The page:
- A six-month pilot reduced-hour workweek program of 60 companies has led 91% of participating companies to plan to continue implementing a four-day workweek and 4% to lean toward it, a news release from 4 Day Week Global said.
- During the pilot program, revenue at the companies increased 35% compared to those periods the previous year, 4 Day Week Global said. At the same time, hiring increased and absenteeism decreased.
- “Results are largely steady across workplaces of varying sizes, demonstrating this is an innovation which works for many types of organizations,” Professor Juliet Schor of Boston College, the lead researcher, said in a statement.
A January study by the International Labour Organization, a United Nations agency, recommended that policies adopted during the COVID-19 pandemic, such as telework and shorter working weeks, “should be made permanent” because of their positive effects on workers.
Dale Whelehan, CEO of 4 Day Week Global, wants to test reduced-hour weeks across different industries, countries and political environments and have a multidisciplinary team analyze the data to “such a point that the evidence base becomes unignorable,” he told HR Dive. A behavior scientist, he wants to run programs in fields like healthcare and other complex sectors that “can’t just take a Friday off” and see how economists, gender researchers and sociologists, among others, interpret the data.
Already, 4 Day Week Global has worked with more than 250 companies and led 91 companies and about 3,500 employees through group pilot programs. It recently launched a program in South Africa and plans to have pilots on every continent (except Antarctica) by the end of the year, Whelehan said.
The organization is also expanding its reach to larger companies and working with the public sector to establish policies to incentivize companies to try reduced-hour weeks, he said. One such example is the Thirty-Two Hour Workweek Act, which was reintroduced in Congress March 1 by Rep. Mark Takano (D-CA), and would amend the Fair Labor Standards Act to make a standard workweek 32 hours, after which nonexempt workers would get overtime pay.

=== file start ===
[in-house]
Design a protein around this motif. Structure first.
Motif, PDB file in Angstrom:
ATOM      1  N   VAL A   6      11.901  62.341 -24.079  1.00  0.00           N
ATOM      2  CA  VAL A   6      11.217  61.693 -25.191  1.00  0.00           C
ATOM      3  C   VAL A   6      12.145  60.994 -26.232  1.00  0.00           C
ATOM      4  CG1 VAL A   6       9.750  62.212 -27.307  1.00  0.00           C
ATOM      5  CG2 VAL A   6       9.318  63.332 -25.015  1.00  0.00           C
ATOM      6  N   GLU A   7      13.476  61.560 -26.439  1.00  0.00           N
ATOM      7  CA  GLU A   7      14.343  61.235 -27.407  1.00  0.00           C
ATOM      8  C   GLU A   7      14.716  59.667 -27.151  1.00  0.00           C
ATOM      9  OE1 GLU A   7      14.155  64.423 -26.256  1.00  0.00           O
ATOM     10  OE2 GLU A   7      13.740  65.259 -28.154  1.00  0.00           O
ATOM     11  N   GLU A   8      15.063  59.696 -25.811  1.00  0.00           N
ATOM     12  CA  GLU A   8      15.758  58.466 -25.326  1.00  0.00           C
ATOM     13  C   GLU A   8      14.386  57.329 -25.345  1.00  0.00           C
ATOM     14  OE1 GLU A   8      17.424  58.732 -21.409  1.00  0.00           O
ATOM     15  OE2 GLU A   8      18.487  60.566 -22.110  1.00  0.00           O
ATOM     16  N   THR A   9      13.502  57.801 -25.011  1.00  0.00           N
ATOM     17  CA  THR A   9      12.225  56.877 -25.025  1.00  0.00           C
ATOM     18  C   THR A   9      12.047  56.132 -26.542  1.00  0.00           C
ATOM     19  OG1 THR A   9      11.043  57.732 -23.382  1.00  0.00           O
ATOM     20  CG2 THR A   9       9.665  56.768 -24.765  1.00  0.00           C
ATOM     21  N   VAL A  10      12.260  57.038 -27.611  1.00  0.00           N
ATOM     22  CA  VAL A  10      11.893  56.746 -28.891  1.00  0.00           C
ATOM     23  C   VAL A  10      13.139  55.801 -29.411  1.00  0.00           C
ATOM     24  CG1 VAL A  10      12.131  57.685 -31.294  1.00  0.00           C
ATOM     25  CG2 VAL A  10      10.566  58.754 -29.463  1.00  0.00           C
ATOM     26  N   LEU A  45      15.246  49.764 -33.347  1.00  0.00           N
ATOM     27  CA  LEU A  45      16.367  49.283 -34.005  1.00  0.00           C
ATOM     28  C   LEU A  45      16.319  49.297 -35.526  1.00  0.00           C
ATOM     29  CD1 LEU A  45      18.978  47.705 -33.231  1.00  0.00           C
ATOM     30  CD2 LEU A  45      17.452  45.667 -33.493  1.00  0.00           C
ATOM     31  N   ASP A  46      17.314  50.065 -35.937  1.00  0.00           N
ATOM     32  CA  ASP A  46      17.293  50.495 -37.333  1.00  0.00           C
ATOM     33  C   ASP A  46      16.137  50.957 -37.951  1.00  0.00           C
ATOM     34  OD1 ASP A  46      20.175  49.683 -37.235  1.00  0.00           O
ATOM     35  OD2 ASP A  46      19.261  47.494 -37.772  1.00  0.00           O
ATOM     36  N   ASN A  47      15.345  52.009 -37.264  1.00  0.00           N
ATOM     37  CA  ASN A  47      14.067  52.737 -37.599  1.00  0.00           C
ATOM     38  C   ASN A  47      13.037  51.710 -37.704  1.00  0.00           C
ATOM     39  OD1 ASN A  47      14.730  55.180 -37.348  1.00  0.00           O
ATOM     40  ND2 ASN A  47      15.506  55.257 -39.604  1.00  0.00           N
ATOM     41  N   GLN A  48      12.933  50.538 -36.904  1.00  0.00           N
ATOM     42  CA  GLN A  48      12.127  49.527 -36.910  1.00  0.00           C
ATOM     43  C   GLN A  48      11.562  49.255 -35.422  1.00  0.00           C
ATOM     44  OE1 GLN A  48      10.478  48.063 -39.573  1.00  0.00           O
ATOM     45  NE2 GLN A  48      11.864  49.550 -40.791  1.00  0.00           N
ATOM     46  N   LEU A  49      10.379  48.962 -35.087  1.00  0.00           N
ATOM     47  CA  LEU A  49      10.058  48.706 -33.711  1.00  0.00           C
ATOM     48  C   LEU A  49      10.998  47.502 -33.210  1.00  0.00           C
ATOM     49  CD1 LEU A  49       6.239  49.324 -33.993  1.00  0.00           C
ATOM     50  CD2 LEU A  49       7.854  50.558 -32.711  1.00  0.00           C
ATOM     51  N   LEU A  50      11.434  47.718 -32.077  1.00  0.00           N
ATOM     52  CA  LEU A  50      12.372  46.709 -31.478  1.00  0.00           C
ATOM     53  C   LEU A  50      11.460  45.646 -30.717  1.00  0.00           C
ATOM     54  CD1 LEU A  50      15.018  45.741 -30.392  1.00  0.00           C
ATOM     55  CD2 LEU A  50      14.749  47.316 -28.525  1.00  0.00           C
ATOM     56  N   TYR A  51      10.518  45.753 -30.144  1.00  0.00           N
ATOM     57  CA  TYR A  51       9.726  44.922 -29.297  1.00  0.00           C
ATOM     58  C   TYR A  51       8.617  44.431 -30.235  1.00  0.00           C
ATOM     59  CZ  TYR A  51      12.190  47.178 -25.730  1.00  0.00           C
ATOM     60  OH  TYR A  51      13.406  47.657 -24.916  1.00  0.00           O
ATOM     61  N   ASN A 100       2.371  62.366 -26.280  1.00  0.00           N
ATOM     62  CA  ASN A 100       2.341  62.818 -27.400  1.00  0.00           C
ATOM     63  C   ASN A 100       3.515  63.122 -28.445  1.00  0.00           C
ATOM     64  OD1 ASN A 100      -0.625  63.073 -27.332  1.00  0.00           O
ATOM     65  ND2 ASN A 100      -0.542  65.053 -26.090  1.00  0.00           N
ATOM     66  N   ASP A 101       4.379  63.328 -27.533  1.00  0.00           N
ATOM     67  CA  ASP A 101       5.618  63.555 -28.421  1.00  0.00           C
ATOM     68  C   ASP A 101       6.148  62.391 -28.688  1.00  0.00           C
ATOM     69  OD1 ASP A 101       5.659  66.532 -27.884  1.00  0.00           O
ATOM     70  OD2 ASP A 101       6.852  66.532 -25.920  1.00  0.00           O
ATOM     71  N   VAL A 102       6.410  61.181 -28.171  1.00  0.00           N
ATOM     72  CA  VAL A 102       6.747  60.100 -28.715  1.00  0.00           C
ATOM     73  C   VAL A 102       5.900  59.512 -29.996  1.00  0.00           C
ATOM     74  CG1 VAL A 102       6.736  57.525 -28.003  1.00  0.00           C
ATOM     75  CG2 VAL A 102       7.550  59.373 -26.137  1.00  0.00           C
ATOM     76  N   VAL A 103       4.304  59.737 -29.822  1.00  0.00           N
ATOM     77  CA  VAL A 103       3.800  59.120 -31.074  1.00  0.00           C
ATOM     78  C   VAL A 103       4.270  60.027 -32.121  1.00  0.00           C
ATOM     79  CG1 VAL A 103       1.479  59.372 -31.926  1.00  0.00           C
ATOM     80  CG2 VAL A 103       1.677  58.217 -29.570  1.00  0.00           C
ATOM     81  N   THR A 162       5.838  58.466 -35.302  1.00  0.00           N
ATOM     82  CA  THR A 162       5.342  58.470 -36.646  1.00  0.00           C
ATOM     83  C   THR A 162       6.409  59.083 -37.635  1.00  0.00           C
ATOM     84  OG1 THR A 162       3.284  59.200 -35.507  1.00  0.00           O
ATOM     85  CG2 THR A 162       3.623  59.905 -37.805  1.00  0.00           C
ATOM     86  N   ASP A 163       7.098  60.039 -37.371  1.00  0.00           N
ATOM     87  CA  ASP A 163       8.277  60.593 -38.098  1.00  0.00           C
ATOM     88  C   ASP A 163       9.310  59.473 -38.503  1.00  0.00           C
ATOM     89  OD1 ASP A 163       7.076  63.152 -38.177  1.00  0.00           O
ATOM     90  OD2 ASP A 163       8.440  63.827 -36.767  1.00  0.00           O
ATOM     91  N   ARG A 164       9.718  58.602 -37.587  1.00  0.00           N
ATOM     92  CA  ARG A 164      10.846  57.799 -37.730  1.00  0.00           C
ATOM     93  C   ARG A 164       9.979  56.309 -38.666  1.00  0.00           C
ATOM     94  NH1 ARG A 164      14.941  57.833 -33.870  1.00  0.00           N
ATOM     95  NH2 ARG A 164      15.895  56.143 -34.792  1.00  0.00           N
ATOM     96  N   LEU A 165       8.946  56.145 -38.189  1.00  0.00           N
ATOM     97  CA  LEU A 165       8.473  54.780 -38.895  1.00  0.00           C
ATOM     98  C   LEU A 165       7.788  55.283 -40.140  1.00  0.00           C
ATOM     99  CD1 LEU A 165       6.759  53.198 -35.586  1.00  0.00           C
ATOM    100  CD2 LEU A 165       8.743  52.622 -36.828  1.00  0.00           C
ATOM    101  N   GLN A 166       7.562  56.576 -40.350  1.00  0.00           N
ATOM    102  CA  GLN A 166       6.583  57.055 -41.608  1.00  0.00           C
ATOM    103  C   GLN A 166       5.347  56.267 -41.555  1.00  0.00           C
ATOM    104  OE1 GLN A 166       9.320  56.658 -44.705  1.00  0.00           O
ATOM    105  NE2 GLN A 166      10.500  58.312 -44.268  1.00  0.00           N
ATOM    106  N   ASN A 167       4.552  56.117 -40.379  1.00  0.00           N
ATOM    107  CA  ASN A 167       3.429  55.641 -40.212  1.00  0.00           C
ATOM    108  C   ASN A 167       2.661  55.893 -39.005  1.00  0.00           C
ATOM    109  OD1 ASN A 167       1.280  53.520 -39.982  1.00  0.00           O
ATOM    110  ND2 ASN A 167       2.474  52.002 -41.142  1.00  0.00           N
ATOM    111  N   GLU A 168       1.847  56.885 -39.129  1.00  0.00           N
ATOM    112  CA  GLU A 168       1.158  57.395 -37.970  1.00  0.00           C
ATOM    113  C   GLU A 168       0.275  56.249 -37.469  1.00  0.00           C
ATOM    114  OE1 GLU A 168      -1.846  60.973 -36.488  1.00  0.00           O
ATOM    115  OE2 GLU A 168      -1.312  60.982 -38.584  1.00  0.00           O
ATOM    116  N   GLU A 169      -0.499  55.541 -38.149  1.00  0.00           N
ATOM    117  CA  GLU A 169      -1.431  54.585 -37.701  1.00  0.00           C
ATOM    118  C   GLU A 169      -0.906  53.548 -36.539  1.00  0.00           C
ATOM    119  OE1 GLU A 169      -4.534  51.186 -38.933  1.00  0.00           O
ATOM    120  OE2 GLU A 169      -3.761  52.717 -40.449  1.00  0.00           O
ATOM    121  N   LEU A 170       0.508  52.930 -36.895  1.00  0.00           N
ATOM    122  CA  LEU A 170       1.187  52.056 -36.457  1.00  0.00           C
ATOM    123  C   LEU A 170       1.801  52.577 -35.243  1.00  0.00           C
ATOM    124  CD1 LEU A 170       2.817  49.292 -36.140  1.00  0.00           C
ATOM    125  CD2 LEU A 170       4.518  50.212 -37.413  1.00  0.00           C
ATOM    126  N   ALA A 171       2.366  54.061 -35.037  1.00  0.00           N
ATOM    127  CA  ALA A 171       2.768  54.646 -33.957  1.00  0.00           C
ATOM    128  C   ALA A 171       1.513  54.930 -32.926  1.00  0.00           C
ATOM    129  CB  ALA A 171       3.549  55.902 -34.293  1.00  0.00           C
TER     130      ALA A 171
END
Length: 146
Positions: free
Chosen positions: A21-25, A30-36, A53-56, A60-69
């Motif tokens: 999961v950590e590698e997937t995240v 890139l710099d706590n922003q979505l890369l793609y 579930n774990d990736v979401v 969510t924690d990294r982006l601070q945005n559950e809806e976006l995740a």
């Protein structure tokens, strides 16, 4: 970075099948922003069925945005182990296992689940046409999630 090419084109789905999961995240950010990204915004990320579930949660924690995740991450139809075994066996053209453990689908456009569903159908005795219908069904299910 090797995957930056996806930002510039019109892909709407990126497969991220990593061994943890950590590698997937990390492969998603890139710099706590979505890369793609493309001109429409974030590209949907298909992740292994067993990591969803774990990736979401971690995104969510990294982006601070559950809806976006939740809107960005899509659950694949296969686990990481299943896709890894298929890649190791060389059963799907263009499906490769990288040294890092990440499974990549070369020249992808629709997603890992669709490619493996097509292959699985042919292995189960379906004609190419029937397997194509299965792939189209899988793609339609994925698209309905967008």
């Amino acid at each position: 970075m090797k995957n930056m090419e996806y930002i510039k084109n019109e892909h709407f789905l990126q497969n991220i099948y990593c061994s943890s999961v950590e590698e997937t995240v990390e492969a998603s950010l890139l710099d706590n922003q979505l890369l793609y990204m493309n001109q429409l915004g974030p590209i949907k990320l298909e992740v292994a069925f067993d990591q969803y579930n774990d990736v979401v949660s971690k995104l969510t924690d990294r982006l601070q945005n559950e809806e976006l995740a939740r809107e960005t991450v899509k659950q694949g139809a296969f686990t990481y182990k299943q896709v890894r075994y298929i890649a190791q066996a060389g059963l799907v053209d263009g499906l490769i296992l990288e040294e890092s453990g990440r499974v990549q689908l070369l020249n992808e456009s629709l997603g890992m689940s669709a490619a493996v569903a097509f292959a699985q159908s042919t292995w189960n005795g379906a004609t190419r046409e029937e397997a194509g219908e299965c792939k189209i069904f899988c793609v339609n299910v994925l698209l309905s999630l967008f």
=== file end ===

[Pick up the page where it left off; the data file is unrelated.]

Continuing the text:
“Workers across the nation are collectively reimagining their relationship to labor, and our laws need to follow suit,” Takano said in a news release. “We have before us the opportunity to make common-sense changes to work standards passed down from a different era.”
Efforts to pass reduced-hour legislation also have been made on the state level. Maryland politicians recently pulled a bill for a shortened workweek in favor of letting the state Department of Labor look into the issue. The bill would have established a pilot program that provided employers with a state income tax credit up to $750,000 each fiscal year if they transitioned at least 30 workers to four-day weeks without cutting pay or benefits.
Companies throughout the U.S., such as Kickstarter, Buffer and Sysco, have adopted shorter workweeks. Making it work means being more efficient, Kickstarter CEO Everette Taylor said Wednesday during a Washington Post webinar on the future of work.
“There are so many useless meetings that we tend to be in or unnecessary processes that we have,” Taylor said. “You realize that if I cut out these unnecessary meetings, if I'm more focused during my time, I can accomplish just as much or more in a shorter workweek.”
@Everette: There are so many useless meetings that we tend to be in or unnecessary processes that we have. … You realize that if I I cut out these unnecessary meetings, if I'm more focused during my time, I can accomplish just as much or more in a shorter workweek. #postlive— Ginger Christ (@GChristCLE) March 22, 2023